“Popular etymologies are apocryphal” is the lead caption of an article I found in the latest edition of The Economist. The article looks at the origins of some of our widely accepted explanations for the origins of words we use; many of these explanations turn out to be myths. They are, however, often entertaining.

     The author of the article concludes that we don’t need to make up fanciful explanations because the real origins are, in general, just as entertaining.

     Popular etymologies include the purported origins of words like “salary” and “crap”.

     Salary is said to have come from the Latin word for salt, because Roman soldiers were sometimes paid in salt. The fact that the average Roman soldier would have had to receive 6.6 kilos of salt as a daily salary, at the values of salt and salaries at the time, would seem to be a myth for purely practical reason; weight. Also, if they had consumed 6.6 kilos of salt a day, the Roman Army would have collapsed from hypertension long before they had conquered the known world.

     The word “crap” reputedly comes from Thomas Crapper, the Englishman who invented the modern toilet. However, the word was part of the English language before he was born.

     Peter Gainsford, a classicist from New Zealand, has compiled a study of popular etymologies, and their more realistic historical explanations. He describes some of the more entertaining popular etymologies as “folk etymologies; pleasing and memorable Just-So stories.”

     Gainsford also delves into acronymic origins of common words, and the stories surrounding them. “Fornication Under the Consent of the King” is one, as is “Ship High in Transit”. However, both of these words were popular long before acronyms were in common use, these sources are debatable.

     I have always been told that the word “POSH” comes from British colonial times when colonial administrators and army officers were transported to India by ship. A cabin on the cooler side of the ship was preferable in tropical climes, and the higher your rank the more likely you were to be assigned to that side. Hence, “Port Out, Starboard Home” became “POSH”. Gainsford maintains this to be a myth.

     On a more personal level, I once made up a story for the first Robert Burns Supper I ever attended. I was advised that guests were expected to stand up and propose a toast on anything they felt like. I did a little research and discovered that the Germanic root of the words “toast” and “roast” were the same. I used this simple fact to make up a story about a Roman centurion, who had returned to Rome with a Germanic slave. In those days, wine was pretty raw stuff and contained all sorts of impurities that made the taste bitter. If you roasted the wine, it drove off many of those impurities, and the wine tasted better. The centurion had a special party and wanted to serve good wine, so he told his new slave from Gaul to roast the wine. The newly arrived slave misunderstood and put “toast” into the wine. The centurion was amazed, and pleased, at the reception of his wine and he asked the slave what he had done. The punch-line to my totally fabricated story was: That’s the reason we raise our glasses when we give a toast….is to make sure there is no toast left in the bottom. I have to wonder how many other myths of popular etymologies originated in a similar way.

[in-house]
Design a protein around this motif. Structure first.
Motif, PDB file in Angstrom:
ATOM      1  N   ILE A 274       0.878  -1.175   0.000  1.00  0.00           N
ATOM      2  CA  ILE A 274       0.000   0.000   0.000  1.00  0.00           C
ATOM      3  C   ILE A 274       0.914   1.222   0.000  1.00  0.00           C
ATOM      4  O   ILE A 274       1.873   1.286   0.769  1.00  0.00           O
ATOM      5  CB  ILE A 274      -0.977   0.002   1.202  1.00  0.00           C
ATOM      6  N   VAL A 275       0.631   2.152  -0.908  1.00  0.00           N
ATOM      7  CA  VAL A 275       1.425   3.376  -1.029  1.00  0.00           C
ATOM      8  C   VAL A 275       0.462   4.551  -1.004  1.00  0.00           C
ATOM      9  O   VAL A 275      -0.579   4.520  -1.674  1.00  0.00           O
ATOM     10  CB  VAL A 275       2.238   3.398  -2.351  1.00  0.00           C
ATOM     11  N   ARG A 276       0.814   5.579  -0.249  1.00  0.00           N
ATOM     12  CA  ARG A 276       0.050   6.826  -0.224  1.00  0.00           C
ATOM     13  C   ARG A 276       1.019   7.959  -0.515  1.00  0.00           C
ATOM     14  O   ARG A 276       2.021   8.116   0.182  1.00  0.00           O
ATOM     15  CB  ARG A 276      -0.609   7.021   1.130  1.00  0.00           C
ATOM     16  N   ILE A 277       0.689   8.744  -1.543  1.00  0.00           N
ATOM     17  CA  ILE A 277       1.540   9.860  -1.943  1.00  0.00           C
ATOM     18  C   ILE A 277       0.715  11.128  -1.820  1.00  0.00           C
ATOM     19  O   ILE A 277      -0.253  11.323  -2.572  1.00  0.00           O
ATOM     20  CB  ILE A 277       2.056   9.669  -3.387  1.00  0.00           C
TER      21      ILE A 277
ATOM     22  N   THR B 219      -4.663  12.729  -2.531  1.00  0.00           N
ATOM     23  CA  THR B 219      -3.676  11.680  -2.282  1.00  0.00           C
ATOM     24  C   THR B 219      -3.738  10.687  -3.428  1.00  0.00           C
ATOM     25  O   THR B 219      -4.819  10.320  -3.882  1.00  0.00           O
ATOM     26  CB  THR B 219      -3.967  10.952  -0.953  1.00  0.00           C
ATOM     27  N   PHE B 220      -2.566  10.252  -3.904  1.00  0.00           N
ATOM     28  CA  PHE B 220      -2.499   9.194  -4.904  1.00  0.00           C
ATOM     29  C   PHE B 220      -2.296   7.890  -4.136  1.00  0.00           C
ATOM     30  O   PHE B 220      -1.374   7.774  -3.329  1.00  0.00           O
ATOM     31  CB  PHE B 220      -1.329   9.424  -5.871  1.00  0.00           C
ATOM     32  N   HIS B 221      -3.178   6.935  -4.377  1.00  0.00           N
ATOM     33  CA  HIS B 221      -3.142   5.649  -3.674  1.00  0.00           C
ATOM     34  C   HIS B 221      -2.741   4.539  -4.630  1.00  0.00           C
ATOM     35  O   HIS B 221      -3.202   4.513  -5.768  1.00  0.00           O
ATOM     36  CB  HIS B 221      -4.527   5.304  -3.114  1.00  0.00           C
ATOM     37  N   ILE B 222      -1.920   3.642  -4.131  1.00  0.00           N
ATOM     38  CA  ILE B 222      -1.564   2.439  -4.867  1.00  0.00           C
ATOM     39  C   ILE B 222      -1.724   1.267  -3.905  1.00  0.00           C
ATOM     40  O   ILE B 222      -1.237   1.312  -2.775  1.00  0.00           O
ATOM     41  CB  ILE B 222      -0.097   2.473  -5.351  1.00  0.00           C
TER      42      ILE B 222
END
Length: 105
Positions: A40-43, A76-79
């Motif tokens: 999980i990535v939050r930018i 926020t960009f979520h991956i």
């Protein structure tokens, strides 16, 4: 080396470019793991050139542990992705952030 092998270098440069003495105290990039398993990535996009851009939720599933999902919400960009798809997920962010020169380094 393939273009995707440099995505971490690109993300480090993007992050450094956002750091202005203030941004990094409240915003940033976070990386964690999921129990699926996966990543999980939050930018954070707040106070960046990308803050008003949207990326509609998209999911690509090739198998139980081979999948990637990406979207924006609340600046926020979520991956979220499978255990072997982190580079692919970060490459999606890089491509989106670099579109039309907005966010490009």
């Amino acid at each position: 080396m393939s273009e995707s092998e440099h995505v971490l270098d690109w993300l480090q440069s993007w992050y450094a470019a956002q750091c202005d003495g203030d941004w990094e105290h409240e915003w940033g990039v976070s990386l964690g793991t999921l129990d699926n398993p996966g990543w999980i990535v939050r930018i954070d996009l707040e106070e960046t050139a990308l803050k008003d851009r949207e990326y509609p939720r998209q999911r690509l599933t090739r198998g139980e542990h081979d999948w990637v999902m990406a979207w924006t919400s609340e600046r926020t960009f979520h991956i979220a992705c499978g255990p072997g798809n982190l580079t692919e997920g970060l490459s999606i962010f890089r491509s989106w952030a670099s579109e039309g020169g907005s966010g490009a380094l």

The Oxford Dictionary of English Etymology contains the origins of 38,000 words, so there is a lot to play with, and make up stories about.

     One acronym story that I know is true is the word “Snafu”; it comes from the U.S. Army in World War II – “Situation Normal, All Fucked Up.”

     I understand that academic studies and meticulous research are important when investigating the origins of our languages and the changing interpretations of their words over time. However, I also think it would be a great loss to our culture not to retain some of the more fanciful stories that surround popular etymologies. No-one ordained that we can’t have both.

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